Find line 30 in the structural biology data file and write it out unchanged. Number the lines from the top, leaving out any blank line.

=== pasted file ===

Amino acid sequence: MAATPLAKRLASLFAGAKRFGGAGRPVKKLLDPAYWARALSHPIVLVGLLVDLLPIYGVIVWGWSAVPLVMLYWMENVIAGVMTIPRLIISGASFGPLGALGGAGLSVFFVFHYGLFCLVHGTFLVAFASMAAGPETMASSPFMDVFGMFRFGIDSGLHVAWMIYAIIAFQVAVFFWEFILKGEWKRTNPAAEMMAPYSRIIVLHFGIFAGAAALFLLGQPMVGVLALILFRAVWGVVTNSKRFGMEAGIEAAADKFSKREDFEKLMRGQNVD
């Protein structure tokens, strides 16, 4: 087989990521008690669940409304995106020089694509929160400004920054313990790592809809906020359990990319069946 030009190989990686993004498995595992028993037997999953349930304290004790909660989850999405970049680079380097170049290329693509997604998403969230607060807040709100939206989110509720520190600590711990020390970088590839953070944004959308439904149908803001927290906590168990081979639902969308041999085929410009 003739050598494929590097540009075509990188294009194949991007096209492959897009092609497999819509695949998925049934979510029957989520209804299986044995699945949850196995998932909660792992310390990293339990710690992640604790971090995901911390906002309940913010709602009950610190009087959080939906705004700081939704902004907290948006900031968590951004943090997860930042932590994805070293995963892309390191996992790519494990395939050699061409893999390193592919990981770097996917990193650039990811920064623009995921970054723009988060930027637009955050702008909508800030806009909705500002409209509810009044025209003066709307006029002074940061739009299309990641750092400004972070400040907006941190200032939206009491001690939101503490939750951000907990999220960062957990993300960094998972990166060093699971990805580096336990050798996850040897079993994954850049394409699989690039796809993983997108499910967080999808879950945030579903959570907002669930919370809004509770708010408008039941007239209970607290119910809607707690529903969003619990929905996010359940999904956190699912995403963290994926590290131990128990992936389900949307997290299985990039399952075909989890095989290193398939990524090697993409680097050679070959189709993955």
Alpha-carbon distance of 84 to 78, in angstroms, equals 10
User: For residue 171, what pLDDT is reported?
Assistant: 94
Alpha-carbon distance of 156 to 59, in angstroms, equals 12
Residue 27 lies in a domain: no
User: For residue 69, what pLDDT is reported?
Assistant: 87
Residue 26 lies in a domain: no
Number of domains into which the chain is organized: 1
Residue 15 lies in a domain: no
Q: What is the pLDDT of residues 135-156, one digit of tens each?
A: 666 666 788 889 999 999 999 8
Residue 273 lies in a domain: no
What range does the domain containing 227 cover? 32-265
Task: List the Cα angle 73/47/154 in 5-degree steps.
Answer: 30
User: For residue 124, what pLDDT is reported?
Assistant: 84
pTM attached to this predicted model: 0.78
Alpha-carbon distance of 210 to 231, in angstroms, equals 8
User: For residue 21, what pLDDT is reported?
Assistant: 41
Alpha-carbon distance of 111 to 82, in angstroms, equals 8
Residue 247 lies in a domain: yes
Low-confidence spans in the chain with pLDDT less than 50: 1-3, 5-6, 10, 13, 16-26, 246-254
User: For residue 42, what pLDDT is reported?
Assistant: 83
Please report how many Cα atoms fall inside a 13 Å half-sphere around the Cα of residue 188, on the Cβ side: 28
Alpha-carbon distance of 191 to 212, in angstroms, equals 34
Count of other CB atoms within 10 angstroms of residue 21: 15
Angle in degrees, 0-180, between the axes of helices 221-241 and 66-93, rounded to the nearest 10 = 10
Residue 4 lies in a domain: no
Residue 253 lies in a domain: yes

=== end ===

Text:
Please report how many Cα atoms fall inside a 13 Å half-sphere around the Cα of residue 188, on the Cβ side: 28